Hillman sisters dominating for Panther track

Posted 5/18/21

It makes sense that Jenna Hillman has become an elite sprinter at Powell High School. 

She comes from parents who had similar speed. Her father, Jason, was a running back in high school, …

This item is available in full to subscribers.

Please log in to continue

Log in

Hillman sisters dominating for Panther track


It makes sense that Jenna Hillman has become an elite sprinter at Powell High School. 

She comes from parents who had similar speed. Her father, Jason, was a running back in high school, while her mother, Amy, competed in track, basketball and volleyball. A junior, Hillman has prequalified for state in all of her events.

But what’s unordinary is the specialization Jenna’s younger sister, Brynn, has immersed herself in: endurance running. 

“I started running during the summer and just really liked it,” Brynn Hillman said. 

A freshman, Brynn is in her first year competing in track at any level, while Jenna has sprinted since middle school. Brynn competes in the 4x800 relay, as well as the 1600 and 3200, while Jenna runs the 100, 200, 400 and the 4x400 relay. 

Growing up, the sisters raced often, along with their cousin, Cade. Jenna always won. 

“It made me mad,” Brynn admitted.

These early victories led Jenna to the sport, starting in the seventh grade. By the time Brynn got to that same grade — when middle school track begins — Jenna was a ninth grader and already one of Powell’s best runners.

Jenna attempted to lure her sister to the sport, but Brynn was reluctant. She opted to focus on basketball and volleyball. 

“I’ve always begged Brynn to do track,” Jenna said. “In middle school, I was like, ‘You have to try it,’ and she always said no.”

But an unforeseen obstacle pushed Brynn to the track. As an eighth grader, she underwent surgery on her L5 vertebrae.

Rehabbing her injury to prepare for the 2020-21 basketball season, Brynn ran long distances to get back into shape. She discovered her abilities as a distance runner, jogging miles on end with minimal fatigue. 

Still, Brynn was hesitant to join the track team.

“I was like, ‘You have to try it,’” Jenna said, “‘If you hate it, you don’t have to do it ever again.’”

After basketball season, Brynn ultimately decided to give it a shot. Not only was she returning from injury and entering the year with zero competitive track experience, she faced another challenge: None of her family members had expertise in long-distance running.

“Her mom and I think we can help Jenna, but we don’t know what to tell Brynn,” Jason said. “We didn’t do those events and we’ve never coached them, so Brynn’s safe from our advice.”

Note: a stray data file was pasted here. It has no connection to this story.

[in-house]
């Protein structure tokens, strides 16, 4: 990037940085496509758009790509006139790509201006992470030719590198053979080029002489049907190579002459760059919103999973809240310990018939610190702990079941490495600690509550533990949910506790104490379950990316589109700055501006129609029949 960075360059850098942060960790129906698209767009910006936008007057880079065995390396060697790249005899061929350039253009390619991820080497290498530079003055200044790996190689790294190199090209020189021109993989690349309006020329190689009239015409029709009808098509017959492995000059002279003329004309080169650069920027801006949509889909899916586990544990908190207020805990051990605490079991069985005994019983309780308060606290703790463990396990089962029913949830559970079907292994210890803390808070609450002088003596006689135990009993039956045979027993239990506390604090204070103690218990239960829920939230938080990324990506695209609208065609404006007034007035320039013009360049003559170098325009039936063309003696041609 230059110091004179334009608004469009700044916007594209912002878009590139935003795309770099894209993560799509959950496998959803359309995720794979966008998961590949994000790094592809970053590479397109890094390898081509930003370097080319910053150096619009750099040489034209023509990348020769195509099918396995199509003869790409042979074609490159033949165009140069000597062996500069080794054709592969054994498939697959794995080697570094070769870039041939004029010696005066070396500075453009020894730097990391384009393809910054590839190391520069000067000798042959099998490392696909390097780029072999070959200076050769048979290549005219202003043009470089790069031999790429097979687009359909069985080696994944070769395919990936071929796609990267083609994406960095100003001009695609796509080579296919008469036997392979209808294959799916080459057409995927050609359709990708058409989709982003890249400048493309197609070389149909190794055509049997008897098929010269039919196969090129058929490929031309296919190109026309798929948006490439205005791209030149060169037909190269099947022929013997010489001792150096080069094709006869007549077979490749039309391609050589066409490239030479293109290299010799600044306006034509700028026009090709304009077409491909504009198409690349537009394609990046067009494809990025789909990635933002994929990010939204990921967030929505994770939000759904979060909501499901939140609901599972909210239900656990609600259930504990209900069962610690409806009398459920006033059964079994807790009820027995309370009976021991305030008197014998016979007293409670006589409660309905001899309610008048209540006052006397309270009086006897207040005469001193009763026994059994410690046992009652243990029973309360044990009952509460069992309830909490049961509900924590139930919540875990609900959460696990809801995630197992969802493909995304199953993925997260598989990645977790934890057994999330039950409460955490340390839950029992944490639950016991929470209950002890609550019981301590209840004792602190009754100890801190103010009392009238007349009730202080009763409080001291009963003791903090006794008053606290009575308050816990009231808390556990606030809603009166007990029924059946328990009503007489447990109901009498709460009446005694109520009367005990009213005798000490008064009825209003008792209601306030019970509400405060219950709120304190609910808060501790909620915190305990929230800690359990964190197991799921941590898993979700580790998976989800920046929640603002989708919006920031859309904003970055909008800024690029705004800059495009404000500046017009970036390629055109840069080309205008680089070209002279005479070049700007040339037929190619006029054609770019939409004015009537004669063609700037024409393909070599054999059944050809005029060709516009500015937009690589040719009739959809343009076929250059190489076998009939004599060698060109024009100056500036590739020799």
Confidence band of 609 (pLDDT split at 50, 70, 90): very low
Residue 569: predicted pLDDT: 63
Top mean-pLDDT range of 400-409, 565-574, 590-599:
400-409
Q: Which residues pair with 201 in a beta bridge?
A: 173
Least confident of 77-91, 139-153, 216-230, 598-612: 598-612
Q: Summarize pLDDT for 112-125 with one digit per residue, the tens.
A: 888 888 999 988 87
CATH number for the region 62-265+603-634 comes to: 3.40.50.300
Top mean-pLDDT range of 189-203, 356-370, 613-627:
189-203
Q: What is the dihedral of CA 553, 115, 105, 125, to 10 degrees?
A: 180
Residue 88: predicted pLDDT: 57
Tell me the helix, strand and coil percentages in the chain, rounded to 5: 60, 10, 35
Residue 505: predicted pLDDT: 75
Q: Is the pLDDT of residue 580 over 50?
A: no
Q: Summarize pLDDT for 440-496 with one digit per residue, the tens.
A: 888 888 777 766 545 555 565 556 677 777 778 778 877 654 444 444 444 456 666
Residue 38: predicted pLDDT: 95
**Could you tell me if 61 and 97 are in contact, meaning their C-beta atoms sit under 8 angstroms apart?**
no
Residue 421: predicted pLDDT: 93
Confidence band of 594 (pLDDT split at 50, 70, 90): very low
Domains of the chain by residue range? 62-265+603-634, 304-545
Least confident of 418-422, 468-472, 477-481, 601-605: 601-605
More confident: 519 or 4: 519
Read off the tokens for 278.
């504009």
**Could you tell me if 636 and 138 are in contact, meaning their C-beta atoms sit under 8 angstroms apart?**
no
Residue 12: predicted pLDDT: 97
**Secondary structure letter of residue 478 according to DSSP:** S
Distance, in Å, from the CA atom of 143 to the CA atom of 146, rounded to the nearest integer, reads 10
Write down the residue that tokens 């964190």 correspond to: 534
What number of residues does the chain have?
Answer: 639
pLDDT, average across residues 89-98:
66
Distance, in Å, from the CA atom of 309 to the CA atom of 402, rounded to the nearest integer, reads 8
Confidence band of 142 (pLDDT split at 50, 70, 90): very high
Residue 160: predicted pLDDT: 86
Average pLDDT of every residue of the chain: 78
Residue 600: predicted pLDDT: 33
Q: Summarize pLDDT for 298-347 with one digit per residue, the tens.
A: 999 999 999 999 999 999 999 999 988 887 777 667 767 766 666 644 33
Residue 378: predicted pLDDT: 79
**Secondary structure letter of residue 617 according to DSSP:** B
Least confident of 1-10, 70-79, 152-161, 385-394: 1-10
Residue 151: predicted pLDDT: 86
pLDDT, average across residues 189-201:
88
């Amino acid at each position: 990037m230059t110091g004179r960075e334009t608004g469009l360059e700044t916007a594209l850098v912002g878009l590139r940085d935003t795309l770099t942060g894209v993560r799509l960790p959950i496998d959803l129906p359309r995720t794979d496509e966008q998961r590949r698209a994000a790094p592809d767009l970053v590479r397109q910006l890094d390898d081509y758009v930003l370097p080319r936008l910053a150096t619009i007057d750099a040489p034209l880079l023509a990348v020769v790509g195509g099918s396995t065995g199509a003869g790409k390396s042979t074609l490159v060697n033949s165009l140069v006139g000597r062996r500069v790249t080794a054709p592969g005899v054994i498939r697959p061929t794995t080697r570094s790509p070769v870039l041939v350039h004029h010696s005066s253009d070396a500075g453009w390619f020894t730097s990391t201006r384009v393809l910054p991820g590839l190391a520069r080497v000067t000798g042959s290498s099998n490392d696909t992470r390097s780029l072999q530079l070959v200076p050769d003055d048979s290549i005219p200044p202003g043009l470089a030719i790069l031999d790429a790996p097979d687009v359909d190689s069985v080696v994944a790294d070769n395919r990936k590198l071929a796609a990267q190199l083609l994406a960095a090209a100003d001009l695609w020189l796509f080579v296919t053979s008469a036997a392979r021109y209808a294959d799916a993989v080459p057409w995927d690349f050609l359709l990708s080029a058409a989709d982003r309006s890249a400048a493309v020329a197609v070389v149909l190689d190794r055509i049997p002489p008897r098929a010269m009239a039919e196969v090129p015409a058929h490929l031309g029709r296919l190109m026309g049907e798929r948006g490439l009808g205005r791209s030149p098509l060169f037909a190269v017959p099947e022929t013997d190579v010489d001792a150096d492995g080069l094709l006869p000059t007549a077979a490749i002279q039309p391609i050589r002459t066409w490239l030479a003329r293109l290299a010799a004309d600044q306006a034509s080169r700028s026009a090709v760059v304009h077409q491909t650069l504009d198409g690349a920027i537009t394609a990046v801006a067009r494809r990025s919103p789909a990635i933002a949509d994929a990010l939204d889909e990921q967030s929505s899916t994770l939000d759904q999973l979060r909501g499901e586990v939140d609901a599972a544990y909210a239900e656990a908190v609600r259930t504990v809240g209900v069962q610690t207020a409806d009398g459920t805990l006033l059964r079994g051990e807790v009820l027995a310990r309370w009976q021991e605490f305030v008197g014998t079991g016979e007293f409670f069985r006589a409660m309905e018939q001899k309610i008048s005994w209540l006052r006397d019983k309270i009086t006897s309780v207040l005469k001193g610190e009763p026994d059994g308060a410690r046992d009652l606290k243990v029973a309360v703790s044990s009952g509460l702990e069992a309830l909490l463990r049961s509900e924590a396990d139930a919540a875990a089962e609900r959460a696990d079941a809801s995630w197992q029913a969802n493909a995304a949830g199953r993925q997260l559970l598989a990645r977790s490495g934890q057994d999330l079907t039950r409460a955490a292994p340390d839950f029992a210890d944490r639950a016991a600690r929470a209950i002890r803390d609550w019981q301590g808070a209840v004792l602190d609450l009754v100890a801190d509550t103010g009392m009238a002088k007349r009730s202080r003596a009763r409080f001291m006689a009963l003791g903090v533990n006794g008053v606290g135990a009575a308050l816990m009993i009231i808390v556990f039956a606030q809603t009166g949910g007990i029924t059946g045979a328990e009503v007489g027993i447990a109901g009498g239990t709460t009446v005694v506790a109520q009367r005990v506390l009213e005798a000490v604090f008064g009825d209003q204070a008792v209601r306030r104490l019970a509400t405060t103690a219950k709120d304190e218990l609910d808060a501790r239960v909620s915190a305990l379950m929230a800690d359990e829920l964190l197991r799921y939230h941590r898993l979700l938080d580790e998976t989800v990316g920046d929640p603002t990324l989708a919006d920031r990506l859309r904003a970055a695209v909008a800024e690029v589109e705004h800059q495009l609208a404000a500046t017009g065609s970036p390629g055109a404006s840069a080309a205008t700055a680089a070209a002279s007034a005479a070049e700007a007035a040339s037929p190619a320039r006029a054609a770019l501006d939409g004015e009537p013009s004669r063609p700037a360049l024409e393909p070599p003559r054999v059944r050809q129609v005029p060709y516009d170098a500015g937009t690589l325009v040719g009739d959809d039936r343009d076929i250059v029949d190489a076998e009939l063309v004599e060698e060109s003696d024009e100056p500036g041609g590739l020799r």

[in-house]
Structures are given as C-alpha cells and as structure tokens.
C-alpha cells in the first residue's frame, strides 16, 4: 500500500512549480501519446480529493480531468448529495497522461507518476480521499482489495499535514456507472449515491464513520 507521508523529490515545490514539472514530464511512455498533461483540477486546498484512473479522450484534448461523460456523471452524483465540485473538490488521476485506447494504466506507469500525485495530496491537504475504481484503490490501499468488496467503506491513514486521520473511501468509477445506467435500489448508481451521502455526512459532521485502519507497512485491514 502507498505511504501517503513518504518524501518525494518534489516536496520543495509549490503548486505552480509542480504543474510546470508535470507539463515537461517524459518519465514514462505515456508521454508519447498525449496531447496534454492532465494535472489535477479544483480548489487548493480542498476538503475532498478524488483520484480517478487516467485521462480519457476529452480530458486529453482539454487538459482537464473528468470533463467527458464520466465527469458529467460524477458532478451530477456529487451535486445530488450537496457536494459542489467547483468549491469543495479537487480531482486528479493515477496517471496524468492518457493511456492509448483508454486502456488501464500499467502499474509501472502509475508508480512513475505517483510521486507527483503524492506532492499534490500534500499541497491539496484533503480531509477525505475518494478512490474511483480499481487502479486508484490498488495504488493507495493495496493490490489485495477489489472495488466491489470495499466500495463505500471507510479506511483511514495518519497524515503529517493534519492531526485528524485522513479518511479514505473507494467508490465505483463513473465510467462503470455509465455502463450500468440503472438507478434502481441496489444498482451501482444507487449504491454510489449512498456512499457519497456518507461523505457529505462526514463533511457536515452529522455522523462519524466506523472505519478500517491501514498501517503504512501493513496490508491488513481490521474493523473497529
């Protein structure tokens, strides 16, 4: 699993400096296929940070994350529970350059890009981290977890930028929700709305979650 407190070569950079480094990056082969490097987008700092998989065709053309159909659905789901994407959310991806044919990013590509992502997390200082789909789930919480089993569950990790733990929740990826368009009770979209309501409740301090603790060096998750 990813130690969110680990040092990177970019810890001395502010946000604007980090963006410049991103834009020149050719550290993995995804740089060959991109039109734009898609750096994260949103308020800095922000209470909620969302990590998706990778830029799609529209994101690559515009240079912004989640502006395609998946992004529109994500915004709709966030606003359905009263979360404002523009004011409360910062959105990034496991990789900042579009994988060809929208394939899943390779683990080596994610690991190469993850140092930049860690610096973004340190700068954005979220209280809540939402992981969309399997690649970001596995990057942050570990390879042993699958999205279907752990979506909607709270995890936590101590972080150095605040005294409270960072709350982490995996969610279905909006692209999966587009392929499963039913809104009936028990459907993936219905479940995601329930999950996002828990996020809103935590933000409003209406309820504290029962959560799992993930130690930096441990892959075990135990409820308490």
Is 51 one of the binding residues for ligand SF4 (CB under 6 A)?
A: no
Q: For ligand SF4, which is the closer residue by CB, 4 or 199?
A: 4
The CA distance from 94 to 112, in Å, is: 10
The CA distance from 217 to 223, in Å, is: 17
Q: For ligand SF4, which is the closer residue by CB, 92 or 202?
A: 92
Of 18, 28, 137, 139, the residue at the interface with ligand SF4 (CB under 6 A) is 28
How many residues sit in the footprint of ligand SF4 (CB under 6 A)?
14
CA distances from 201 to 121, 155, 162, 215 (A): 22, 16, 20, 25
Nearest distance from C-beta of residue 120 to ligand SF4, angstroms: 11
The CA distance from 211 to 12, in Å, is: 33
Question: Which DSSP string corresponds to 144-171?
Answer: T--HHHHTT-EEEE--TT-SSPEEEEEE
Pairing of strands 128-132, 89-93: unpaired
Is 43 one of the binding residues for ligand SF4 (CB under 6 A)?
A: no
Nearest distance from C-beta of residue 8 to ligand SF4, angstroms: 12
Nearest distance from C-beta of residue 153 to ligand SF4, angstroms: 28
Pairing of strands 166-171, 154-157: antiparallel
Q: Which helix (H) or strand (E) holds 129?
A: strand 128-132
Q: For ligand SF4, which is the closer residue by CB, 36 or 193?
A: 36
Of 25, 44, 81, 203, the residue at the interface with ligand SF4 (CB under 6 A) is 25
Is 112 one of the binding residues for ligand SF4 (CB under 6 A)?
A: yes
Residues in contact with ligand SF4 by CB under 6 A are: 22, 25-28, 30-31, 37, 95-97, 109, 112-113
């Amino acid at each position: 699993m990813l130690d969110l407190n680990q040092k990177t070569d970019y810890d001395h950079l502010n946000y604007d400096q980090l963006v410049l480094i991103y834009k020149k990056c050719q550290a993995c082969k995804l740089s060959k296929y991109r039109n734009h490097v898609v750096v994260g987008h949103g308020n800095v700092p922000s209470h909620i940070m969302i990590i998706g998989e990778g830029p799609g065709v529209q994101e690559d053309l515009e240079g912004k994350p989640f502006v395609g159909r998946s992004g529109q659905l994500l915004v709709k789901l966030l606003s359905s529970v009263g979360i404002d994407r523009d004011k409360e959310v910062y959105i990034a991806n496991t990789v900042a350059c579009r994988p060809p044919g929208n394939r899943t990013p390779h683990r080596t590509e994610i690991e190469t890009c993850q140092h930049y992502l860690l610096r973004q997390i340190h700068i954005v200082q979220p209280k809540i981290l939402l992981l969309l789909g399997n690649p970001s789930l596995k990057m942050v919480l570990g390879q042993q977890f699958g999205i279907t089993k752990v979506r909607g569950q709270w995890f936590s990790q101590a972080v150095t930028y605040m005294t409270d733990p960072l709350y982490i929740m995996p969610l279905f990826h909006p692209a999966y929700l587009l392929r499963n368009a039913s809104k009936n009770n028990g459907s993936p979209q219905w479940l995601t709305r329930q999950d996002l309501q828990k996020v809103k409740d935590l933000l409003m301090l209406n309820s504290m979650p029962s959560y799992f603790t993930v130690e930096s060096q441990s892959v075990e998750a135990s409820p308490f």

Jason’s only tip? “Find some girl that you think is going to run as fast as you want to run.”

Even without guidance from her family, Brynn has shined in her first year on the track. She has won both the 1600 and 3200 and is a member of the 4x800 relay team, which has prequalified for state. 

In addition to Brynn’s natural endurance abilities, having an older, more-experienced sister on the team — though in different events — eased the transition. 

“We love being on the same team,” Brynn said. “She [Jenna] looks out for me.”

Added Jason, “They always know that they’ll have someone cheering for them. They really do root for each other — they’re pretty good buddies.”

But Brynn isn’t the only one who has benefited from having a sister on the team. Encouragement from Brynn has helped Jenna reach new heights in sprints, dominating each of her events throughout the year and already qualifying for each of them. 

Jenna already entered the year as an established runner, medaling in a handful of events at the 2019 state meet, but she’s only gotten better.

“She’s grown a lot as an athlete,” PHS track and field head coach Scott Smith said. “She’s even grown a lot since the beginning of this year, just being able to carry the load of doing those three events.”

Siblings competing on the same teams often try to one-up each other, whether that’s trash talking or just trying to be better than the other. But not the Hillmans. 

They instead focus on building each other up.

“I wouldn’t say we trash each other because I know I would lose to Brynn in long distance,” Jenna said.

“And I know that I would lose to Jenna in sprints,” added Brynn, “so we just accept it.”

The sisters both qualified for state in all of their events, posting several impressive performances at the Class 3A West Regional Meet on Saturday. Jenna placed first in the 100, 200 and 400, while Brynn finished in the top seven of both the 1600 and 3200 and was a member of the second-place 4x800 relay team. 

Jason said it’s fortunate that their daughters don’t compete in the same events; it avoids the strange position of parents having to watch their children rival one another. 

Instead, they get to see their kids excel at their own niche, supporting one another. Not only will Jenna and Brynn see themselves grow as runners, but as leaders.

“They always know that they’ll have someone cheering for them,” Jason said. “It’s really great that they’re both experiencing success, but it means a lot when somebody talks about how nice your kids are. You want them to be nice and work hard. Success at track is an added benefit.”